Shopping with the World in Mind

As an anthropologist I spend a lot of my time thinking about globalization and its effects. Recently after discussing commodity chains and the near impossible task of avoiding harmful products, I began to think about the products that I consume on a daily basis.

The chicken I had for dinner was raised locally – somewhere in Colorado – but the rice I made that night definitely did not get to my plate via a Coloradoan farmer. Mostly likely my rice came from an underpaid, overworked farmer, possibly even a child.

In an attempt to avoid speculation, as I’ve been trained to do, I thought that I should know where my products are coming from – how they got to me. I began to wonder why, when I know the devastating consequences of many product I buy, I keep buying them. I think I’ve figured part of it out.

I attribute poor consumer choices (including my own) largely to the seemingly impossibility of tracking products through our global system. Many people are trying to do ‘the right thing’ but all too often they’re intercepted by yet another problem with the new choice they’ve made.

Let me explain:

There’s been a large push for buying and living local. Purchasing local products boosts the local economy; avoids supporting child labor or forced labor of (some) overseas farms; local animals are treated more humanely than otherwise; and local farms use less pesticides, take up less land, and are overall better for the environment.

I’m sure some of you are shaking your heads, disagreeing with one or more of the arguments I just made. That’s exactly is my point.

As a consumer processes these many arguments it seems obvious that they should by local products whenever possible. But then come the counter-arguments:

Local farms aren’t as efficient as large scale agriculture, how can you be sure the animals are better treated, it costs much more to produce foods locally, the concentration of pesticide is much higher on small local farms, and farming in drought prone areas takes water from our fragile ecosystem. And on and on and on.

Consumers are hit with too many choices and too much contrasting information. They shut down. Consumers seem to just accept the fact that it’s too complicated and go about their days as before – buying products, often without a second thought.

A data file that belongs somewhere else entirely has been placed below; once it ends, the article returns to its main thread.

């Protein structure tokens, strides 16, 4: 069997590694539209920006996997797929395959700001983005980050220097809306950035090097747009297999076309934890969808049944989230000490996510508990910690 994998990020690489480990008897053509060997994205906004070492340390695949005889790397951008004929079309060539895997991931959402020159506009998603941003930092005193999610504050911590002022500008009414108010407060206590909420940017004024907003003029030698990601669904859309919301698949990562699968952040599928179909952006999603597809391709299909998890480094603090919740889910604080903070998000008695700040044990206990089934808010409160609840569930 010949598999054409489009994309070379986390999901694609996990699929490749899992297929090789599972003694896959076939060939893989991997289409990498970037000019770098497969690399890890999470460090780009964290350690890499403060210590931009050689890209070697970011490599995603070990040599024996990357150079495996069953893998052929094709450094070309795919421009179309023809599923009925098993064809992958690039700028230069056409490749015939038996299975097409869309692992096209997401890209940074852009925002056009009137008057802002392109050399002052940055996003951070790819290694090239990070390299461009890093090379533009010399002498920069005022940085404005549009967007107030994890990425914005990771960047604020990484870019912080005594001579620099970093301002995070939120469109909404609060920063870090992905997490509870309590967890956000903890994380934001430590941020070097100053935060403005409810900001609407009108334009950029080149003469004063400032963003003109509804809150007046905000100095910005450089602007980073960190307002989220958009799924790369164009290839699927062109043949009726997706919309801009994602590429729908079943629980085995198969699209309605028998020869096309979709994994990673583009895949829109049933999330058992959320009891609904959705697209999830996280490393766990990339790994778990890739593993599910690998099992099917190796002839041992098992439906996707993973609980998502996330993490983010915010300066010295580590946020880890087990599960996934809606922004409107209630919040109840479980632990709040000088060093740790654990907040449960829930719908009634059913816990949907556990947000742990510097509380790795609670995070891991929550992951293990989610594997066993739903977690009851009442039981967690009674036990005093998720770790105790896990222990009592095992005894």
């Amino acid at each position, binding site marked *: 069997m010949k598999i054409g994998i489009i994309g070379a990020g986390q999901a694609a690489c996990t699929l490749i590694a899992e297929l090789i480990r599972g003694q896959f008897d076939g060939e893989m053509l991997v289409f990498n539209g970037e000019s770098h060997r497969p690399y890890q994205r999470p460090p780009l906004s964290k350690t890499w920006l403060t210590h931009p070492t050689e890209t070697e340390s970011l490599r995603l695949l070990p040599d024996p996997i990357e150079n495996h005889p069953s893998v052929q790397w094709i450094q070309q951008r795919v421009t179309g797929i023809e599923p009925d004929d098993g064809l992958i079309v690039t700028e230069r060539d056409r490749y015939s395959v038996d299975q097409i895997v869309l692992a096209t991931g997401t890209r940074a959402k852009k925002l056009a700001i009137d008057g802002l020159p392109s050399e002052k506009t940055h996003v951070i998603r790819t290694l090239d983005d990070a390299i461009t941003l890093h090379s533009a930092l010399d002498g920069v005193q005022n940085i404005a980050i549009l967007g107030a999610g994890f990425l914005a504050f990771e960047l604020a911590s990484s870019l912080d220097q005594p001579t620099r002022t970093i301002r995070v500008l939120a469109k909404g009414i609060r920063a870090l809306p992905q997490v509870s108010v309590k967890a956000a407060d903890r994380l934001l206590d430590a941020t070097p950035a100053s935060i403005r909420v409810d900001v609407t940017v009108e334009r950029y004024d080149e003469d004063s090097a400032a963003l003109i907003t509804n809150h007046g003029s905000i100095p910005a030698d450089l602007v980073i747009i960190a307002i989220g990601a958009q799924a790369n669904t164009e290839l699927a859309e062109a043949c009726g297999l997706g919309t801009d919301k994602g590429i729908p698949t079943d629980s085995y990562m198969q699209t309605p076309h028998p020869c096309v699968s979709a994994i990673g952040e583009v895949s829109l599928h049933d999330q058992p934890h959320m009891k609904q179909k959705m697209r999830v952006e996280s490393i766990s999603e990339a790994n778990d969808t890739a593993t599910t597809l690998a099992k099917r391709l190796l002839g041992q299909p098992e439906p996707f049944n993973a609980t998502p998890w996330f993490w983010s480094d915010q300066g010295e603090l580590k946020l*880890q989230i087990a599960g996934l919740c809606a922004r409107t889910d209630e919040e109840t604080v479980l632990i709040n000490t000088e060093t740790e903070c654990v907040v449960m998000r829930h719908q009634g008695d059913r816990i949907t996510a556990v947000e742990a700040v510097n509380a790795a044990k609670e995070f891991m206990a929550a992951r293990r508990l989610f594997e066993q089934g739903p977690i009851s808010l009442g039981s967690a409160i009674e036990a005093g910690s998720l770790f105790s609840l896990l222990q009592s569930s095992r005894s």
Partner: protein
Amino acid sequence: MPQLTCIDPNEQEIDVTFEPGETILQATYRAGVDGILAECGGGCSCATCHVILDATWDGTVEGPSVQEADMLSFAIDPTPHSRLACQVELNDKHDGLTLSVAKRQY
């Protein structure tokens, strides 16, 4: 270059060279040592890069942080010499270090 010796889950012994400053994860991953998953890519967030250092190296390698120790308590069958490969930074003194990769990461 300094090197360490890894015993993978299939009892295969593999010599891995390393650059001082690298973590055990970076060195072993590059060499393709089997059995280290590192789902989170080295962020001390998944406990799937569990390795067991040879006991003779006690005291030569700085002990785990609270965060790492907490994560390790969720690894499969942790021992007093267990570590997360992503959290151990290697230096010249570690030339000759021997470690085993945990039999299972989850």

To combat overwhelmed consumers, simple, straight-forward information needs to be easily available from a trusted source. Consumers need a clear cut guide of what they should and shouldn’t buy. Obviously, it seems far-fetched to expect every bit of information to be compiled into one source without some disagreements and complicated topics. But I think it is possible to make hassle-free guides for consumers. And I know it’s being done.

Take Seafood Watch from the Monterey Bay Aquarium. Their guide is available online, on your phone, or in print. Consumers can find almost any type of fish, including information on farmed vs. wild caught, and see how it’s rated by the aquarium.

For example, I can type in salmon and here’s what I get:

Seafood Guide

If you continue to scroll through their results, you’ll find recommendations for best products, good products, and ones to avoid.

The information presented through Seafood Watch is extremely accessible (assuming the consumer has internet access or access to a print copy). What you see is what you get. And if you’re shopping in the U.S. when you get to the store all fresh fish must be displayed with information about country of origin and wild-caught vs. farmed. The guide lines up almost flawlessly with what is on the shelves.

I’ve used this system myself and it is very user friendly. I was able to size up my options at the counter and choose the best option I had. It is still possible that this guide could be further complicated with additional information. I’m only using it here as an example of a consumer guide that is easy to access and use. I don’t intend to imply that this is flawless.

I think guides like this encourage sustainable choices because they provide easy to understand information. Essentially it takes all of the guess work out of buying fresh fish. All you need to do is buy what’s in green or yellow and you’ve done your part!

Be on the lookout for more post about where the products I buy come from and more consumer guides!

What consumer guides do you use to inform sustainable purchases? Share in the comments below!

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